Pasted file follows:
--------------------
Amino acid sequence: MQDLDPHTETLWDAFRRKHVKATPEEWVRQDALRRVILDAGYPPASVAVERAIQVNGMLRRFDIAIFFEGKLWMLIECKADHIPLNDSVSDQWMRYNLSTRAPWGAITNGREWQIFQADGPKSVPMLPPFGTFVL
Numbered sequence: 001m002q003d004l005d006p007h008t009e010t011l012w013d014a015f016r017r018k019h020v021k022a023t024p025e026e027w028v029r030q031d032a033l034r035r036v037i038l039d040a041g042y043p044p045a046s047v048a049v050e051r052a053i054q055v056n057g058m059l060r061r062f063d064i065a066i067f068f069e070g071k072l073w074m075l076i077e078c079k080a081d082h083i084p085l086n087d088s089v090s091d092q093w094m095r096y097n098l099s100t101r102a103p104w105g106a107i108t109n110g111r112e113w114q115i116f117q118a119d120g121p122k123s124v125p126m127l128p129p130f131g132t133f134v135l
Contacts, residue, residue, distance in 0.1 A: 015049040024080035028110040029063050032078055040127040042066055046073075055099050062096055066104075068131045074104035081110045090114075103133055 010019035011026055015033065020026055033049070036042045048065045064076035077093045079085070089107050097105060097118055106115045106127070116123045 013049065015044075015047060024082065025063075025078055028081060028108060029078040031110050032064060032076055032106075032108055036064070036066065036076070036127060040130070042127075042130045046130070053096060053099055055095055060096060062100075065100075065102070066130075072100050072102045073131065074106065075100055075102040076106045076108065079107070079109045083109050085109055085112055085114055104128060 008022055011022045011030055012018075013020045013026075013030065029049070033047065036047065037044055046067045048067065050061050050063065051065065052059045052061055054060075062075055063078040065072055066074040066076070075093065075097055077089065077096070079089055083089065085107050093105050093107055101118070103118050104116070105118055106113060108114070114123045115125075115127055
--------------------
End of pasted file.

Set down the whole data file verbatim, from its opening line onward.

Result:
Amino acid sequence: MQDLDPHTETLWDAFRRKHVKATPEEWVRQDALRRVILDAGYPPASVAVERAIQVNGMLRRFDIAIFFEGKLWMLIECKADHIPLNDSVSDQWMRYNLSTRAPWGAITNGREWQIFQADGPKSVPMLPPFGTFVL
Numbered sequence: 001m002q003d004l005d006p007h008t009e010t011l012w013d014a015f016r017r018k019h020v021k022a023t024p025e026e027w028v029r030q031d032a033l034r035r036v037i038l039d040a041g042y043p044p045a046s047v048a049v050e051r052a053i054q055v056n057g058m059l060r061r062f063d064i065a066i067f068f069e070g071k072l073w074m075l076i077e078c079k080a081d082h083i084p085l086n087d088s089v090s091d092q093w094m095r096y097n098l099s100t101r102a103p104w105g106a107i108t109n110g111r112e113w114q115i116f117q118a119d120g121p122k123s124v125p126m127l128p129p130f131g132t133f134v135l
Contacts, residue, residue, distance in 0.1 A: 015049040024080035028110040029063050032078055040127040042066055046073075055099050062096055066104075068131045074104035081110045090114075103133055 010019035011026055015033065020026055033049070036042045048065045064076035077093045079085070089107050097105060097118055106115045106127070116123045 013049065015044075015047060024082065025063075025078055028081060028108060029078040031110050032064060032076055032106075032108055036064070036066065036076070036127060040130070042127075042130045046130070053096060053099055055095055060096060062100075065100075065102070066130075072100050072102045073131065074106065075100055075102040076106045076108065079107070079109045083109050085109055085112055085114055104128060 008022055011022045011030055012018075013020045013026075013030065029049070033047065036047065037044055046067045048067065050061050050063065051065065052059045052061055054060075062075055063078040065072055066074040066076070075093065075097055077089065077096070079089055083089065085107050093105050093107055101118070103118050104116070105118055106113060108114070114123045115125075115127055